Rabia Apa's Exorcism – Chapter 2: The Convent

By Abu's Jinns | 12 Jul, 2019

MangoBaaz x Abu’s Jinns presents, the second chapter in our horror story collaboration: Rabia Apa’s Exorcism – Chapter 2: The Convent.

You can read Chapter 1 here.

Apa was brought home by Farooq Chacha, within three hours of her leaving the house. Ammi cried hysterically for hours and Baba went till androon Lahore looking for her. During that time, thinking that apa had run away to Azeem, I ended up telling amma baba about all that Bia apa had spoken of. Nano and nana abu sent men from mamoo’s CNG station to beat Azeem up. The poor creature was behind bars and his clueless and pregnant wife was begging ammi to set her husband free.

Khair, he was eventually granted freedom because no alibi suggested that he had been in contact with apa whatsoever. I saw him, and his face looked like a twenty-day old half-cut peach – bruised and gulabi from all sides.

Pagal hai apki beti! Aik dam pagal! Meray ghar main sab ko dikhti hai raat ko!”

I wish he hadn’t said that because that just resulted in nana abu smacking him with the back of his wrinkled, khajoor-like hand. I wasn’t astonished by what he had said because apa had described Azeem’s house to me. She had spoken about the muddy, half-baked walls, the fact that she had made Azeem’s wife have multiple miscarriages. She’d describe ripping the child apart from her by entering her hand inside the mother.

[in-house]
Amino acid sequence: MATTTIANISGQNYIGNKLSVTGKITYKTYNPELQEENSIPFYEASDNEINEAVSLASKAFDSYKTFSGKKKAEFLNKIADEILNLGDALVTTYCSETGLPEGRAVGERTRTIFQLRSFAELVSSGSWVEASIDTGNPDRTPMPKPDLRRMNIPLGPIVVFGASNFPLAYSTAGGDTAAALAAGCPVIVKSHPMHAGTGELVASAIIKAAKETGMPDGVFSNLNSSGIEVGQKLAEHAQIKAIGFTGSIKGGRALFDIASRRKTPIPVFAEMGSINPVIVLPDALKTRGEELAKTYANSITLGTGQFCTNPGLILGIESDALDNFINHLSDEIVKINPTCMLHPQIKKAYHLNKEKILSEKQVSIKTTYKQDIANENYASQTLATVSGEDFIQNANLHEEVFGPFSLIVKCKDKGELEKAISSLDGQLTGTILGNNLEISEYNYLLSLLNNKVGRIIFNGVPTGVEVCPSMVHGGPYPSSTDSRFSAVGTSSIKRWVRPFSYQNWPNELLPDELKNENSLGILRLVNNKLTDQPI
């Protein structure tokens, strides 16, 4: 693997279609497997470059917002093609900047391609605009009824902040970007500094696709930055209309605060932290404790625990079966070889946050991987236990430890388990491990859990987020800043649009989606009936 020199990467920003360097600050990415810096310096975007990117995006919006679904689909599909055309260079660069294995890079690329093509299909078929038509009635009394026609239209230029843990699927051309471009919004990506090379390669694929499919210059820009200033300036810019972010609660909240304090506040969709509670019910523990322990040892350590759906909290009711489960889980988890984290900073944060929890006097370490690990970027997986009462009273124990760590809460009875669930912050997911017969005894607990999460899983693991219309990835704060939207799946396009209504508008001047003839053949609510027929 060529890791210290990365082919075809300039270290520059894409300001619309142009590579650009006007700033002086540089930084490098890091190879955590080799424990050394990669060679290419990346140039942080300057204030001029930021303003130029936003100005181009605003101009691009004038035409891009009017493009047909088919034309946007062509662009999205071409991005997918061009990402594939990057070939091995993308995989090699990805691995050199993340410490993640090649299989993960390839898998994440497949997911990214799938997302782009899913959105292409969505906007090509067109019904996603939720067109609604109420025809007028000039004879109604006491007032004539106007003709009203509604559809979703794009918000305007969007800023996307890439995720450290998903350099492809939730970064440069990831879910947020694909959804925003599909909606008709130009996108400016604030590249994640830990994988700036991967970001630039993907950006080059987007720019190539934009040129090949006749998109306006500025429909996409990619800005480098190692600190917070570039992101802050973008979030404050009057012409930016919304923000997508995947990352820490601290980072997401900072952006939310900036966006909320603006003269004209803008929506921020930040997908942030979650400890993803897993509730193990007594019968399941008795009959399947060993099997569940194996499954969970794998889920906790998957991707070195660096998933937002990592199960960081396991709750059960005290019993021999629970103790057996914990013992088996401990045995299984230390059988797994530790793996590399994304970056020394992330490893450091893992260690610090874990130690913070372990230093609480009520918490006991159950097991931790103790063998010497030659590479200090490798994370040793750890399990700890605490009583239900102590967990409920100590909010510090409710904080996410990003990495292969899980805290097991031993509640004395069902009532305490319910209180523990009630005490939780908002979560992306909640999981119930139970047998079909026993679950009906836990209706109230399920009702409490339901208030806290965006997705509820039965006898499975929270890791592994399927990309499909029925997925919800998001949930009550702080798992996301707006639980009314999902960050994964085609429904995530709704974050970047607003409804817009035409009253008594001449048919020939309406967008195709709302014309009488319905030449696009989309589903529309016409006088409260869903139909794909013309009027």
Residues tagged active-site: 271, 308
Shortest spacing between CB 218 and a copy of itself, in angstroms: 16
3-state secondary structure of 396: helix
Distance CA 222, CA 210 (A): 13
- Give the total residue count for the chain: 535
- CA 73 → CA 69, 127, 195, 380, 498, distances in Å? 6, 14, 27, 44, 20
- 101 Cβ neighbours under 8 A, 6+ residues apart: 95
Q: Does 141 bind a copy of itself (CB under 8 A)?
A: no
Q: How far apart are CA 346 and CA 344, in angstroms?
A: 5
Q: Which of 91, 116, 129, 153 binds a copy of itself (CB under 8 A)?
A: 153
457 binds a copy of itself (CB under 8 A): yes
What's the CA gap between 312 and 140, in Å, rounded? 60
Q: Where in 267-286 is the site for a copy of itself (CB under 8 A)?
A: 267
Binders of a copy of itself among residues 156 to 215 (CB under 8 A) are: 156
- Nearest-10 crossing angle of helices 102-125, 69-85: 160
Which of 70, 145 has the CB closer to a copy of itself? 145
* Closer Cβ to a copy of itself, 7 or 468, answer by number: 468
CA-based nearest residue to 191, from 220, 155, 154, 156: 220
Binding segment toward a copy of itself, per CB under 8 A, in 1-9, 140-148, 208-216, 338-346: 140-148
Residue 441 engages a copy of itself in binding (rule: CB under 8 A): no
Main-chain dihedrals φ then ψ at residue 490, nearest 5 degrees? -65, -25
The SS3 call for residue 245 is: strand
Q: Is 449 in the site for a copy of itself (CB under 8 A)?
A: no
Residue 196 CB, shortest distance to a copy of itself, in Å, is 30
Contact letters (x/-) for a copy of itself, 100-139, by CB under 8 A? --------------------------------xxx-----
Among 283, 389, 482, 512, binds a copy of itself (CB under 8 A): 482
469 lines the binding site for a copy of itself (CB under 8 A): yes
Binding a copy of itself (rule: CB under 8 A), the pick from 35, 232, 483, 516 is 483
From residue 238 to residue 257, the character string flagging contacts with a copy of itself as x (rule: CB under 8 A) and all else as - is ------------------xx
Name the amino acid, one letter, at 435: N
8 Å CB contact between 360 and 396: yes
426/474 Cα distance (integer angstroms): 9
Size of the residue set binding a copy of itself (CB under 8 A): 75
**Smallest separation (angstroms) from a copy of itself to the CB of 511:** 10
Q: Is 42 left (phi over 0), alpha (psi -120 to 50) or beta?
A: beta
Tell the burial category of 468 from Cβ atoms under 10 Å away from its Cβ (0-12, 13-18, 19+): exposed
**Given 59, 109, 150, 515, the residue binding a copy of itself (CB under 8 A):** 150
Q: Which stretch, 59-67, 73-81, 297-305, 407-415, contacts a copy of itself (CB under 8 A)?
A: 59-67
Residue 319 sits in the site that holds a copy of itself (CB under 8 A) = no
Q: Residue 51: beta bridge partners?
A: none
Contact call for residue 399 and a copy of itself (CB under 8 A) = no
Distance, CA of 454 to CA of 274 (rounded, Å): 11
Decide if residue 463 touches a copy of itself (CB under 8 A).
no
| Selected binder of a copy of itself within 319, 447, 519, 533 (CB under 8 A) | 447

“I can do that,” apa had said. “I can take unborn bache away from their mothers. I can smell the pregnancy on them.”

Apa had described how Azeem had grown a beard and how he slept on his stomach. So yes, I knew that apa had been to Azeem’s house many times during the night. I was too young to question why and how it had happened.

I did not know about the others but looking for apa had made me terribly hungry, so we went back home to have last night’s aloo gobi, and amma burst out crying again. It was then – three hours later that there was a knock on the main door. Baba went rushing to open it, almost as if he knew that his daughter had returned. Smeared with both dirt and sweat, standing next to chacha Farooq, was apa.

Source: Ghost House Pictures‎

She had a blank expression on her face and a foul stench surrounded her.

Baba and Farooq chacha went with nana in the dining room to have a man-to-man chat and amma and I followed apa upstairs to bathe her.

Kuto isay pakar kar,” nano exclaimed, with her face going beetroot red. “She has spent the night outside, sunti ho!”

Surprisingly, amma ignored nano’s remark and took apa to her room. Apa was quieter than she had ever been. I wanted to ask her about everything- about whether she had dressed as a bride and whom she had gotten married to because Azeem didn’t really like apa. But, amma said that apa had to rest and that I should go to bed too. Likun I’ve always been the taez child, you know? Slowly, I stumbled down the stairs and sat behind the dining room’s newly polished door to eavesdrop.

“She doesn’t remember.” I heard Farooq chacha saying. “When I found her, she was weeping and trying to button her shirt. She said that she smelled like cakes and that I should take her home.”


“Yes, cakes. I didn’t say anything. I thought I’d call you but then, theek nahin rehna tha usay akele chorna shop kay bahir.